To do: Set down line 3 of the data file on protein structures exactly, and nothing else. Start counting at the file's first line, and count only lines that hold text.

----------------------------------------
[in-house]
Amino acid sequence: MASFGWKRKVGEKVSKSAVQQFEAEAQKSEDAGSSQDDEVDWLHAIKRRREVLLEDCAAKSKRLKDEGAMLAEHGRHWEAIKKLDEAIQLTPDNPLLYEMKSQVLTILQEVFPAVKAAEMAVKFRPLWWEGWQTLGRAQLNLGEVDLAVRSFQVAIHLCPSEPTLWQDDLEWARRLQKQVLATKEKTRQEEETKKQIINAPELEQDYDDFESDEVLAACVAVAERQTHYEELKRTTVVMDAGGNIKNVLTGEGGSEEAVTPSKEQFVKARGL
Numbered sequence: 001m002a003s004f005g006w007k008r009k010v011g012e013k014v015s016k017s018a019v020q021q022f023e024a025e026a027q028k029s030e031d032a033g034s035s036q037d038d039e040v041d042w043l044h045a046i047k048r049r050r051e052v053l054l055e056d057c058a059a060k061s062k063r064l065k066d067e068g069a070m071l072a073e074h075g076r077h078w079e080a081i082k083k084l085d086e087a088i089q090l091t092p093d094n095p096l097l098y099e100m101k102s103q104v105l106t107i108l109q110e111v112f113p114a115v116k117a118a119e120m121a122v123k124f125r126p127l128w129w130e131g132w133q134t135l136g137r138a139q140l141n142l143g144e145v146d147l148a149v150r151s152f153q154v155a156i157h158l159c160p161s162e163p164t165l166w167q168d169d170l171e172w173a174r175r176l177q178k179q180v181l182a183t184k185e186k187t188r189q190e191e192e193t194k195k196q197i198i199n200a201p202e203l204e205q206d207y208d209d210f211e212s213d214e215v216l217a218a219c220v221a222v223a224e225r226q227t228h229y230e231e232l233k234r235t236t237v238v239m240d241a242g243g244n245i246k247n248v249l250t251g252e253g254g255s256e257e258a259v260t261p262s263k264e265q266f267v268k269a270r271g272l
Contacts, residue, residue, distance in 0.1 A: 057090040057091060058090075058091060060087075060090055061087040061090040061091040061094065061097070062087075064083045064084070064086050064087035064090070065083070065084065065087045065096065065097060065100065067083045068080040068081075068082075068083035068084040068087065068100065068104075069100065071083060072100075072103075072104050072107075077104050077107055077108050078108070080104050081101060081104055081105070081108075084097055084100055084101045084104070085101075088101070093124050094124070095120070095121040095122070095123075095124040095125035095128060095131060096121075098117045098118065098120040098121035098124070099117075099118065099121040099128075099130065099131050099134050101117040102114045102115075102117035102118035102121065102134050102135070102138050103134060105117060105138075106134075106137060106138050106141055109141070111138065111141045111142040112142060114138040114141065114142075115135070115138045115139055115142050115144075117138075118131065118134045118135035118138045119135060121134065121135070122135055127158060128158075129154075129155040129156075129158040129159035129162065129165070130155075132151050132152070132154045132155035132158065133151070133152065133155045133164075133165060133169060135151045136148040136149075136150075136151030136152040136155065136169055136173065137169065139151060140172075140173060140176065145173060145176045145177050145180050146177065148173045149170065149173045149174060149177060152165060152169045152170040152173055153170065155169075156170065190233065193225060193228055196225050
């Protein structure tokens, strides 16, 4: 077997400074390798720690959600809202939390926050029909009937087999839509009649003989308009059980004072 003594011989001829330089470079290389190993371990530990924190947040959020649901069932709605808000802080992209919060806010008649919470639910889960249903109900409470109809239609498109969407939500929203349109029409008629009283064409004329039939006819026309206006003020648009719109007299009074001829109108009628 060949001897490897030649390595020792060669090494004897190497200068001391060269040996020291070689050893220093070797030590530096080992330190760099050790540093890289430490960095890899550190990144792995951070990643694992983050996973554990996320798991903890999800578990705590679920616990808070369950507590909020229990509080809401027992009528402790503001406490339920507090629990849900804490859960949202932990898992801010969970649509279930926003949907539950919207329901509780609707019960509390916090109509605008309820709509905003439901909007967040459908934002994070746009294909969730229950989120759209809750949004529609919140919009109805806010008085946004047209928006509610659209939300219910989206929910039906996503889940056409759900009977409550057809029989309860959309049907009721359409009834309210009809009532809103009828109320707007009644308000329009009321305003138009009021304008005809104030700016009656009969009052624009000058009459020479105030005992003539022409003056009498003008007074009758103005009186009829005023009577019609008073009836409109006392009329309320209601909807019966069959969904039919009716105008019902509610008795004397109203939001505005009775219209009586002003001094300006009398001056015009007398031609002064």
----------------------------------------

Numbered sequence: 001m002a003s004f005g006w007k008r009k010v011g012e013k014v015s016k017s018a019v020q021q022f023e024a025e026a027q028k029s030e031d032a033g034s035s036q037d038d039e040v041d042w043l044h045a046i047k048r049r050r051e052v053l054l055e056d057c058a059a060k061s062k063r064l065k066d067e068g069a070m071l072a073e074h075g076r077h078w079e080a081i082k083k084l085d086e087a088i089q090l091t092p093d094n095p096l097l098y099e100m101k102s103q104v105l106t107i108l109q110e111v112f113p114a115v116k117a118a119e120m121a122v123k124f125r126p127l128w129w130e131g132w133q134t135l136g137r138a139q140l141n142l143g144e145v146d147l148a149v150r151s152f153q154v155a156i157h158l159c160p161s162e163p164t165l166w167q168d169d170l171e172w173a174r175r176l177q178k179q180v181l182a183t184k185e186k187t188r189q190e191e192e193t194k195k196q197i198i199n200a201p202e203l204e205q206d207y208d209d210f211e212s213d214e215v216l217a218a219c220v221a222v223a224e225r226q227t228h229y230e231e232l233k234r235t236t237v238v239m240d241a242g243g244n245i246k247n248v249l250t251g252e253g254g255s256e257e258a259v260t261p262s263k264e265q266f267v268k269a270r271g272l